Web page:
alluvial gold. Boosts in production and higher world oil prices stimulated
growth in 2002, with oil accounting for 90% of increased exports.

GDP:  purchasing power parity - $1.04 billion (2001 est.)

GDP - real growth rate:  6% (2001 est.)

GDP - per capita:  purchasing power parity - $2,100 (2001 est.)

GDP - composition by sector:  agriculture: 20% industry: 60% services:
20% (1999 est.)

Population below poverty line:  NA%

Household income or consumption by percentage share:  lowest 10%: NA%
highest 10%: NA%

Inflation rate (consumer prices):  6% (2001 est.)

Labor force:  NA

Unemployment rate:  30% (1998 est.)

Budget:  revenues: $200 million expenditures: $158 million, including
capital expenditures of $NA (2001 est.)

Industries:  petroleum, fishing, sawmilling, natural gas

Industrial production growth rate:  7.4% (1994 est.)

Electricity - production:  22 million kWh (2000)

Electricity - production by source:  fossil fuel: 90.91% hydro: 9.09%
other: 0% (2000) nuclear: 0%

Electricity - consumption:  20.46 million kWh (2000)

Electricity - exports:  0 kWh (2000)

Electricity - imports:  0 kWh (2000)

Agriculture - products:  coffee, cocoa, rice, yams, cassava (tapioca),
bananas, palm oil nuts; livestock; timber

Exports:  $2.1 billion (f.o.b., 2001 est.)

Exports - commodities:  petroleum, timber, cocoa

Exports - partners:  China 24%, Japan 7%, US 7%, South Korea 5% (1999)

Imports:  $736 million (f.o.b., 2001)

Imports - commodities:  petroleum sector equipment, manufactured goods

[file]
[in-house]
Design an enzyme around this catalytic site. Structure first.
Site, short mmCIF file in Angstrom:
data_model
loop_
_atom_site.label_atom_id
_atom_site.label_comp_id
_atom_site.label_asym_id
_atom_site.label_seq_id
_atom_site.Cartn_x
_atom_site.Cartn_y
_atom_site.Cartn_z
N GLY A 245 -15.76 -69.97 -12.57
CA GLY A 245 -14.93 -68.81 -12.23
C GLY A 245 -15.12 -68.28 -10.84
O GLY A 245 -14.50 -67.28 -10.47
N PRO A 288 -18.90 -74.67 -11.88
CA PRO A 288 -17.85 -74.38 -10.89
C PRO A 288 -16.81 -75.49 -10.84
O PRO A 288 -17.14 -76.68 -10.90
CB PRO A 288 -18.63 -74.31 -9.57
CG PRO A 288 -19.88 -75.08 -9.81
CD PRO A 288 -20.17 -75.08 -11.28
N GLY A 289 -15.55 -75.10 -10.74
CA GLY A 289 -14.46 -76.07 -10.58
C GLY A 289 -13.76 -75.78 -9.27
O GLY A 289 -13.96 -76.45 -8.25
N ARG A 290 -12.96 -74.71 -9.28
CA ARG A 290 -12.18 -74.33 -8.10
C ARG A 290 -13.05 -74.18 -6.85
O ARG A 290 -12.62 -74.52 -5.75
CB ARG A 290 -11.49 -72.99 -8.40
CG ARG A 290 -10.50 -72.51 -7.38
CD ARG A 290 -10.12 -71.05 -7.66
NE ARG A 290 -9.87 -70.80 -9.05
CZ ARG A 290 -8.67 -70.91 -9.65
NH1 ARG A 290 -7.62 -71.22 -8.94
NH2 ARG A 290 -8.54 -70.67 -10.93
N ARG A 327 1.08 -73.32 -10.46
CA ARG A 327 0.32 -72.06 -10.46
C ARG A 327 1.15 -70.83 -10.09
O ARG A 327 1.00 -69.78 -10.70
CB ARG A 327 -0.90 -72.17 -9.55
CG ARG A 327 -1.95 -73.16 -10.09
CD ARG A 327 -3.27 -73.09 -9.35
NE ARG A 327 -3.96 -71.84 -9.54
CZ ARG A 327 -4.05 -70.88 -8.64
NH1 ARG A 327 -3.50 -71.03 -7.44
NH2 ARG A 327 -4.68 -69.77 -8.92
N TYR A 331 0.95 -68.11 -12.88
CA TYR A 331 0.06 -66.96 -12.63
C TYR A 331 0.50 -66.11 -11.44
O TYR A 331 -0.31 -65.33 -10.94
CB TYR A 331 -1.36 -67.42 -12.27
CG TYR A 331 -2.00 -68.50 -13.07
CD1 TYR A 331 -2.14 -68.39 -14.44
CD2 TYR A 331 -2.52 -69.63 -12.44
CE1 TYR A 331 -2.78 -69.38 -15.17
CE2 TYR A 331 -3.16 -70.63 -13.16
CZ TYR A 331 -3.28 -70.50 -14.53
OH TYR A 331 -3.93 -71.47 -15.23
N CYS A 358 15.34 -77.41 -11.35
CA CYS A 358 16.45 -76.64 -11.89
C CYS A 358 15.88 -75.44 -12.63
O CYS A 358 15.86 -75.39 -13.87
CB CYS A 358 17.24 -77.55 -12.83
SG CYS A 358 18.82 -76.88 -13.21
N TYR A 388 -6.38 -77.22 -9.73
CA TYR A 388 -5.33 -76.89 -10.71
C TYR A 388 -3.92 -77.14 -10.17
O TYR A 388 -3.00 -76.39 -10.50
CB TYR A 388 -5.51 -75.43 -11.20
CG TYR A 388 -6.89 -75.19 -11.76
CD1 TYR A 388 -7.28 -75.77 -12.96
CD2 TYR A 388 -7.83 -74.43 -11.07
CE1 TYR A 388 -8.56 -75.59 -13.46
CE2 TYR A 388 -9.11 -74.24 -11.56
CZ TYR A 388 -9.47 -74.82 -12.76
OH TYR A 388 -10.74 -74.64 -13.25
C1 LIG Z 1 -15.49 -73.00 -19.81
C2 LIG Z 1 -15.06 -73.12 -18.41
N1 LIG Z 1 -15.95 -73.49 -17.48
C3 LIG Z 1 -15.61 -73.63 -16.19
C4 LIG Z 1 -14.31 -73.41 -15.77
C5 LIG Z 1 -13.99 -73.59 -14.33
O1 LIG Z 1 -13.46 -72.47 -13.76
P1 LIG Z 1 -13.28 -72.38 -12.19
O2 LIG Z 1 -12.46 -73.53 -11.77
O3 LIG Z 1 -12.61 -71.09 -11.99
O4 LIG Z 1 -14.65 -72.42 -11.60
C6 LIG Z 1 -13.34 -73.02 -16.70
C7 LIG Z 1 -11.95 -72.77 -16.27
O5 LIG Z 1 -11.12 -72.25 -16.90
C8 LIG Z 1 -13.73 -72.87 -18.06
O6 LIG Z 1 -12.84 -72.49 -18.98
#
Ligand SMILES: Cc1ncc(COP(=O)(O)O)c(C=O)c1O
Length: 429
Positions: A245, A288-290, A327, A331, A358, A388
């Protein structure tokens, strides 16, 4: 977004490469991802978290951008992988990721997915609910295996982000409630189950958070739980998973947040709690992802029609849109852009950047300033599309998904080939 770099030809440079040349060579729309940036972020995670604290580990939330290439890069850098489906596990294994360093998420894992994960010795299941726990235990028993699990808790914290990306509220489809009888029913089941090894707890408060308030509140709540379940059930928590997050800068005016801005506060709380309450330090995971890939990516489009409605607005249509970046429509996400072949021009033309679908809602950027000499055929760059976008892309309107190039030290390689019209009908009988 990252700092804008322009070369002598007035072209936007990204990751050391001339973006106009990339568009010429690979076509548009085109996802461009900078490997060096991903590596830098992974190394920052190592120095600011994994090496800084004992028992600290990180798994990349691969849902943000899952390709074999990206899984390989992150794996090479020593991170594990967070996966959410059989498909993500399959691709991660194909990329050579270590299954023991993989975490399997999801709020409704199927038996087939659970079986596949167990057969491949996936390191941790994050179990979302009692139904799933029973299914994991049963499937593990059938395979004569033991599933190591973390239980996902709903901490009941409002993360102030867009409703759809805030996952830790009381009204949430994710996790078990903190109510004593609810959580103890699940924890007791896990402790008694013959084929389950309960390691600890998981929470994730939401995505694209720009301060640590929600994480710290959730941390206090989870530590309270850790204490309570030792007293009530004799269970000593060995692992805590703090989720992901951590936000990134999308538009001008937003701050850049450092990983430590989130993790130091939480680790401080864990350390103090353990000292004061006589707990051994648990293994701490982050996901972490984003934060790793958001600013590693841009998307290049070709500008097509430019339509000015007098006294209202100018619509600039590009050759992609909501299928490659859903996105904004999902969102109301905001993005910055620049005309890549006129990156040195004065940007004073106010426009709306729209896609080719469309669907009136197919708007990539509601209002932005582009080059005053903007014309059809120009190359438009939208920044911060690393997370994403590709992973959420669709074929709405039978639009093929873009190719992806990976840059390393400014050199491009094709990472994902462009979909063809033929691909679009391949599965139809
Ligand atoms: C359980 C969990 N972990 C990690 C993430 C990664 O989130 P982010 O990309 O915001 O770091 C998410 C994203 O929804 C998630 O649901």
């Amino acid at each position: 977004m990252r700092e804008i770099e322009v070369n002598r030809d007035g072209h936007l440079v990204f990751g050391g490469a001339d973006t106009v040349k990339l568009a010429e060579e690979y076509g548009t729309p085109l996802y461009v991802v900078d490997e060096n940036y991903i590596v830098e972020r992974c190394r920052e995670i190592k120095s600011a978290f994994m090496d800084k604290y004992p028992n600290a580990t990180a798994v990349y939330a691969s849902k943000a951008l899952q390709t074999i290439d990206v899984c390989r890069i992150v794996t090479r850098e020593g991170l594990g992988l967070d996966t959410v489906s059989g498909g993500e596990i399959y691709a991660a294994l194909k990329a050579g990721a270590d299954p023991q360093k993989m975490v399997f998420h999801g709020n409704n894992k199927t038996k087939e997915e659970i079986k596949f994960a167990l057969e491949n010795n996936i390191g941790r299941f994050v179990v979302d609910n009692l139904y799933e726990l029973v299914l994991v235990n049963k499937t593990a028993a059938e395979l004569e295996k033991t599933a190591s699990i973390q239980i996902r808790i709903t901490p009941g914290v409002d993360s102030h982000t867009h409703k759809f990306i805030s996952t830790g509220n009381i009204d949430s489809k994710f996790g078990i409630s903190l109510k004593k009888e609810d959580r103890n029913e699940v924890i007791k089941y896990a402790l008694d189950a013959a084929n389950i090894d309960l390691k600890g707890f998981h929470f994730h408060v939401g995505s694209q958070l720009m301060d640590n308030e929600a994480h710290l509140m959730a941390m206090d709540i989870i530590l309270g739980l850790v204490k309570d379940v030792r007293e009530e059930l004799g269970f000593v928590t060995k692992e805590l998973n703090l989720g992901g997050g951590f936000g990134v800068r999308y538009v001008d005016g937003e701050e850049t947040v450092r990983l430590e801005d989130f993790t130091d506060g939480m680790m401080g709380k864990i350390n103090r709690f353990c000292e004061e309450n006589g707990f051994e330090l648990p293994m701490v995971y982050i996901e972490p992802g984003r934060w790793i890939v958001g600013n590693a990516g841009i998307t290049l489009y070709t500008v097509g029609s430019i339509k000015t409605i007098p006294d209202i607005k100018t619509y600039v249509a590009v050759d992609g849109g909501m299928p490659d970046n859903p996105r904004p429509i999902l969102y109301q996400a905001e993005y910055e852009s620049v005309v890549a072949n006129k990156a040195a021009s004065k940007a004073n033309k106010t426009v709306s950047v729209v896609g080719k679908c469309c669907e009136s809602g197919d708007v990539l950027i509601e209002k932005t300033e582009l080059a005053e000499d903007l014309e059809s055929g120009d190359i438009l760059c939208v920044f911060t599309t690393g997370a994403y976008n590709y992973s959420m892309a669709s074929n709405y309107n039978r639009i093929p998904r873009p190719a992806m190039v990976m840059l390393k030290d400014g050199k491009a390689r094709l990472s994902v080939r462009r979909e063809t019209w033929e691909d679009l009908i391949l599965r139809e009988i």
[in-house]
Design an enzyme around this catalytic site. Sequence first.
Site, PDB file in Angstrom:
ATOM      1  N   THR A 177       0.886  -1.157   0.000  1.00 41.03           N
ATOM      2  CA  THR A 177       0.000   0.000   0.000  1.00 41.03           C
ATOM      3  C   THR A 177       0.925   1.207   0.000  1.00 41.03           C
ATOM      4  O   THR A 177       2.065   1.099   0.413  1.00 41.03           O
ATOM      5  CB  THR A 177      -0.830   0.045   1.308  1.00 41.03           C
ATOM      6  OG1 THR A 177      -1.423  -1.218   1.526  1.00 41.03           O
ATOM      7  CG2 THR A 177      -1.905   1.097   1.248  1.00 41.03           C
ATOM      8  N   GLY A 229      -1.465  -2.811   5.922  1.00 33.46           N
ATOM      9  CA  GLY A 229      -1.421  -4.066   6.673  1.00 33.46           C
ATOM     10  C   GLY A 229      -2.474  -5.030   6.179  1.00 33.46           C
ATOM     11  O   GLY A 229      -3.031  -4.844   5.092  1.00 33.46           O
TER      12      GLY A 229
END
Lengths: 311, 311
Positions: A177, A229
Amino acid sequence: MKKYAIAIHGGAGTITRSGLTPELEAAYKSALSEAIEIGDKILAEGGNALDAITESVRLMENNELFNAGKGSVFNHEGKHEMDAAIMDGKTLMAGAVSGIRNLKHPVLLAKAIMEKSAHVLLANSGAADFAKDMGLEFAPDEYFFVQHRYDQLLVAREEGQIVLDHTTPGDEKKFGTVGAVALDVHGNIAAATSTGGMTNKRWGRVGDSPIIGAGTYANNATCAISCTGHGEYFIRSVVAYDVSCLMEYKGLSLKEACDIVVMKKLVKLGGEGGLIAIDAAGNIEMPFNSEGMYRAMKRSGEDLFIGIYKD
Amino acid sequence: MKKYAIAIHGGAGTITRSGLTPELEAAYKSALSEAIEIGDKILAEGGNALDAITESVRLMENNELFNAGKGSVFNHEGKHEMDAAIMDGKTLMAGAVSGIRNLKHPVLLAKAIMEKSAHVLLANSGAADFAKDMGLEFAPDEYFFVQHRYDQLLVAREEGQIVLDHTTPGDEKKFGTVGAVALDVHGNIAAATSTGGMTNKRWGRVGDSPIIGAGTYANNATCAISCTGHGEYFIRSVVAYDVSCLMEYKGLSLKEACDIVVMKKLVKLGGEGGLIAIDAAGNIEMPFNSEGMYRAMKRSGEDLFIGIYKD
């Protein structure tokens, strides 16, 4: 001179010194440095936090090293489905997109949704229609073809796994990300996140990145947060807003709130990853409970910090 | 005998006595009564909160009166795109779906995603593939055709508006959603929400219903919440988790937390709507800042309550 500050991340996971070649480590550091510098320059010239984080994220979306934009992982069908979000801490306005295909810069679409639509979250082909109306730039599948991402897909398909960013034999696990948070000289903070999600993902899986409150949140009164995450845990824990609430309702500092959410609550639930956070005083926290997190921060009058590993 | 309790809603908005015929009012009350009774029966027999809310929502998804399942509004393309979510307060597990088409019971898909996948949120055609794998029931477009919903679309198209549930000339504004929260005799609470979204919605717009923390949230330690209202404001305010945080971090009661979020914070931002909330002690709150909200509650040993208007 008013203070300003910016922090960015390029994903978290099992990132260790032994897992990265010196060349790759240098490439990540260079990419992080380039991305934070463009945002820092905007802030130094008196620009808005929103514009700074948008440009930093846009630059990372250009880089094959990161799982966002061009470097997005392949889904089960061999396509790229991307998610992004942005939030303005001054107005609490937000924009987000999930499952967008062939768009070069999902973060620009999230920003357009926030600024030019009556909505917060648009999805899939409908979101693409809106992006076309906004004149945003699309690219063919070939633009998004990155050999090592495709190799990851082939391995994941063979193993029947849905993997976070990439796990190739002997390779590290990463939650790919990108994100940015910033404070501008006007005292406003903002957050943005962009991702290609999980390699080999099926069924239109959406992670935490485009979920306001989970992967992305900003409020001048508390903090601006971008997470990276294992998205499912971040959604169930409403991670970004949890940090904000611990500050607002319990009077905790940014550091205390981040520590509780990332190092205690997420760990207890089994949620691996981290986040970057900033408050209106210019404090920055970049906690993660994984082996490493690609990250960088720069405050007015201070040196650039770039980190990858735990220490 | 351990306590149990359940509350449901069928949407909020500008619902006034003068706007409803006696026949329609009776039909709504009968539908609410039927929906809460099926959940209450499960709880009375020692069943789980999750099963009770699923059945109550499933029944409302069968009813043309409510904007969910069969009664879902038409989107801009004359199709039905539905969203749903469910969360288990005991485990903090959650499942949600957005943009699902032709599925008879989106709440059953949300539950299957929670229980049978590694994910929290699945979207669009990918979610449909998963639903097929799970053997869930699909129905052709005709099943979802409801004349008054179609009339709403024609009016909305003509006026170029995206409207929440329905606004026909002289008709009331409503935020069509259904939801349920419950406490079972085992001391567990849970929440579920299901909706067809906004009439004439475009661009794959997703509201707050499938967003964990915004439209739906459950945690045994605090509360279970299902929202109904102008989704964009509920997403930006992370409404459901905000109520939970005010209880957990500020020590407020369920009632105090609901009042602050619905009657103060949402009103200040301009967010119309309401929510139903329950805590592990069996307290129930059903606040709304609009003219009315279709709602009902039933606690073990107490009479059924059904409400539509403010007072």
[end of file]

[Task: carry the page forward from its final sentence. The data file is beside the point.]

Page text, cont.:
and equipment

Imports - partners:  US 60%, France 12%, Spain 8%, Italy 6% (1999)

Debt - external:  $225 million (2000 est.)

Economic aid - recipient:  $33.8 million (1995)

Currency:  Communaute Financiere Africaine franc (XAF); note - responsible
authority is the Bank of the Central African States

Currency code:  XAF

Exchange rates:  Communaute Financiere Africaine francs (XAF) per US
dollar - 742.79 (January 2002), 733.04 (2001), 711.98 (2000), 615.70
(1999), 589.95 (1998), 583.67 (1997); note - from 1 January 1999, the
XAF is pegged to the euro at a rate of 655.957 XAF per euro

Fiscal year:  1 January - 31 December

Communications Equatorial Guinea

Telephones - main lines in use:  4,000 (1996)

Telephones - mobile cellular:  NA

Telephone system:  general assessment: poor system with adequate
government services domestic: NA international: international
communications from Bata and Malabo to African and European countries;
satellite earth station - 1 Intelsat (Indian Ocean)

Radio broadcast stations:  AM 0, FM 3, shortwave 5 (2002)

Radios:  180,000 (1997)

Television broadcast stations:  1 (2002)

Televisions:  4,000 (1997)

Internet country code:  .gq

Internet Service Providers (ISPs):  1 (2000)

Internet users:  600 (2000)

Transportation Equatorial Guinea

Railways:  total: 0 km

Highways:  total: 2,880 km paved: 0 km unpaved: 2,880 km (1996)

Waterways:  none

Ports and harbors:  Bata, Luba, Malabo

Merchant marine:  total: 6 ships (1,000 GRT or over) totaling
14,413 GRT/16,251 DWT ships by type: bulk 1, cargo 3, passenger 1,
passenger/cargo 1 (2002 est.)

Airports:  3 (2001)

Airports - with paved runways:  total: 2 2,438 to 3,047 m: 1 1,524 to
2,437 m: 1 (2001)

Airports - with unpaved runways:  total: 1 under 914 m: 1 (2001)

Military Equatorial Guinea

Military branches:  Army, Navy, Air Force, Rapid Intervention Force,
National Police

Military manpower - availability:  males age 15-49: 112,664 (2002 est.)

Military manpower - fit for military service:  males age 15-49: 57,194
(2002 est.)

Military expenditures - dollar figure:  $27.5 million (FY01)

Military expenditures - percent of GDP:  2.5% (FY01)

Transnational Issues Equatorial Guinea

Disputes - international:  tripartite maritime boundary and economic
zone dispute with Cameroon and Nigeria is currently before the ICJ;
maritime boundary dispute with Gabon because of disputed sovereignty
over islands in Corisco Bay

This page was last updated on 1 January 2002